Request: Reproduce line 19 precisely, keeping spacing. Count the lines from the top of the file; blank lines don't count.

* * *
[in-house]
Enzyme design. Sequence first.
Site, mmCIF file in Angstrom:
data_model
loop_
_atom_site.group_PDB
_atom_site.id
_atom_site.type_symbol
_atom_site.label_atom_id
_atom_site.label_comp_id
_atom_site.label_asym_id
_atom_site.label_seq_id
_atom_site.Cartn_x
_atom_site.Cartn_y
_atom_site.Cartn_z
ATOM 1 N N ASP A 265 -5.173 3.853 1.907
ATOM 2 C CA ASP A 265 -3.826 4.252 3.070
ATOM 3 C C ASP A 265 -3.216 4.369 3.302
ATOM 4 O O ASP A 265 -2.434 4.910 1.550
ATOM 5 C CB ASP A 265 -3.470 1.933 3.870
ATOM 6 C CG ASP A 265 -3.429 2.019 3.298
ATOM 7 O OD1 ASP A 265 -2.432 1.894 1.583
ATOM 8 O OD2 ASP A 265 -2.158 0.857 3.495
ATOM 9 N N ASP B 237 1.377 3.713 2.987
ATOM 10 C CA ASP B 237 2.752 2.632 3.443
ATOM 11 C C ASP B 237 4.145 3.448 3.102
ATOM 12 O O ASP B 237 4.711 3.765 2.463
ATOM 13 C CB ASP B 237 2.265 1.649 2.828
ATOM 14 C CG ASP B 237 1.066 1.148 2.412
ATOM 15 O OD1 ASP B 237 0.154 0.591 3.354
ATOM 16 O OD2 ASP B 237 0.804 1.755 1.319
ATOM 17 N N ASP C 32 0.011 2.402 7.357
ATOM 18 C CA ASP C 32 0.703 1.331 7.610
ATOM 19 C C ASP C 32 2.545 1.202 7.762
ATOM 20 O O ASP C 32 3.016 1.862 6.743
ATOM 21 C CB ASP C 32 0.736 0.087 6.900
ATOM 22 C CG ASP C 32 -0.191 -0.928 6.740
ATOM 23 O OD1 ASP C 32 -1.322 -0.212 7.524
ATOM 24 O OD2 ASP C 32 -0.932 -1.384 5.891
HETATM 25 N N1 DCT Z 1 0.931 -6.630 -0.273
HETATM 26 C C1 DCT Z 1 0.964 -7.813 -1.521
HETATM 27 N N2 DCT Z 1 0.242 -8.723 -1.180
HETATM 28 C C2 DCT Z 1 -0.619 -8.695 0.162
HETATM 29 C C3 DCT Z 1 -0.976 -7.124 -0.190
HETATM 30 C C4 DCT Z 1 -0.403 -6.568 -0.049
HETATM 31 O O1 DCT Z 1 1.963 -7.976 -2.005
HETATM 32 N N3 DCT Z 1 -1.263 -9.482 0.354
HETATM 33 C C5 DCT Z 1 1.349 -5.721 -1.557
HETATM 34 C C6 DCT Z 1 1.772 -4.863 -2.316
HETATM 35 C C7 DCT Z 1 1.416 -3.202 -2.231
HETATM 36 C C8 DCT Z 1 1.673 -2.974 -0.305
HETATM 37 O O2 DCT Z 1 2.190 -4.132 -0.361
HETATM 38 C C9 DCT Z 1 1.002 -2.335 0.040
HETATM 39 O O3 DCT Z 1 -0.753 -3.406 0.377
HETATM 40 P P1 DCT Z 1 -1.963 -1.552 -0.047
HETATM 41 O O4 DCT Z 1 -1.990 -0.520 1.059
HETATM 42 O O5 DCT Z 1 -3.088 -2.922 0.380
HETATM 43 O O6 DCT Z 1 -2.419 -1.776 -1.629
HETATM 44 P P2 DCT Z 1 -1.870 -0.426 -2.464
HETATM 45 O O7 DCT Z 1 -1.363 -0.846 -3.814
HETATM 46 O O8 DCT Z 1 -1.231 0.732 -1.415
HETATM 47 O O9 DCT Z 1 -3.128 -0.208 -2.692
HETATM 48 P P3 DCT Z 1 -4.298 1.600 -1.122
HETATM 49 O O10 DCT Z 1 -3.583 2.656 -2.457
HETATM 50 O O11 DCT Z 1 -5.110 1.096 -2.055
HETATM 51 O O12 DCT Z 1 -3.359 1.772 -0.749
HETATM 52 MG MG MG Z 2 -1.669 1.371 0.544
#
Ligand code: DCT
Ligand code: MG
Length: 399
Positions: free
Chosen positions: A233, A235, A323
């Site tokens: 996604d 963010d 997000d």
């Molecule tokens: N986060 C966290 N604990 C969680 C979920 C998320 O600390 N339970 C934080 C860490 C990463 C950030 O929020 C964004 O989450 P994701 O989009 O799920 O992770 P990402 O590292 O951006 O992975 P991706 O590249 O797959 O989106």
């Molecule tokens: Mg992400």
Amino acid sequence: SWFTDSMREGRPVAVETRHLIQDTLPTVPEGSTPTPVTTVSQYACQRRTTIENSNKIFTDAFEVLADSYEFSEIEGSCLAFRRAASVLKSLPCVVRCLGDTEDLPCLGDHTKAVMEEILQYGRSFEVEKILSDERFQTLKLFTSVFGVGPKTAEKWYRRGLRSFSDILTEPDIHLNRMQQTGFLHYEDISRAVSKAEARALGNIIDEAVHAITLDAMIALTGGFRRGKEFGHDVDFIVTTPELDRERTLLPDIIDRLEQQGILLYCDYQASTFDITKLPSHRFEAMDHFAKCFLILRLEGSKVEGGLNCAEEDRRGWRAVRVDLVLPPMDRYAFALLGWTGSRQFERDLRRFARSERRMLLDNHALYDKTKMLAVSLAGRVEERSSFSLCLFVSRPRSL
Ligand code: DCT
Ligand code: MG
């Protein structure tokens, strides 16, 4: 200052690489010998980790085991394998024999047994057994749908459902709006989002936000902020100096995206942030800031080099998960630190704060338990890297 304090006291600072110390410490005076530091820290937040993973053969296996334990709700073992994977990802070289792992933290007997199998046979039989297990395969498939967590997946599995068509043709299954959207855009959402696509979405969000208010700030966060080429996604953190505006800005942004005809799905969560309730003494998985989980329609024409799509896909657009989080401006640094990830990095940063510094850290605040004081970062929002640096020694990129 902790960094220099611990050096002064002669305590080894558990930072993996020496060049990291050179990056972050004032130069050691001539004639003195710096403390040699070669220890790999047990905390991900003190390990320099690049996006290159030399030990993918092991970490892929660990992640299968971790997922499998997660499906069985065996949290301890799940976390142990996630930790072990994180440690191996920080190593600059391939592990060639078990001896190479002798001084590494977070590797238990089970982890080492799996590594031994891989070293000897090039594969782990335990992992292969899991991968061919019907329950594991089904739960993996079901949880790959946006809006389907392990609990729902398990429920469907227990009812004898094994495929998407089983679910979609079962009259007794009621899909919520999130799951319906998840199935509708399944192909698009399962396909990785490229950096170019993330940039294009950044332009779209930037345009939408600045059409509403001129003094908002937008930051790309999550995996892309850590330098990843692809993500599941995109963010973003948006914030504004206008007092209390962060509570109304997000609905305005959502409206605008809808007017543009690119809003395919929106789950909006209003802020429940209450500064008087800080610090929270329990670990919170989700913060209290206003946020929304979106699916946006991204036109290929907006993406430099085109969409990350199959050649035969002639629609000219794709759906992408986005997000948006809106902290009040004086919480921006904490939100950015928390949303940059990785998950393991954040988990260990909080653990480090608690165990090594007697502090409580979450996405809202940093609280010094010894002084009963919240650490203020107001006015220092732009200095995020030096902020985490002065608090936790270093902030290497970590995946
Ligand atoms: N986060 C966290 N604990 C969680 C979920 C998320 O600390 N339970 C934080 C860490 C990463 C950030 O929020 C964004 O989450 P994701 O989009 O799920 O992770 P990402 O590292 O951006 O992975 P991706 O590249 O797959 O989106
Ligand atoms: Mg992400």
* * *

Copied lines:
ATOM 4 O O ASP A 265 -2.434 4.910 1.550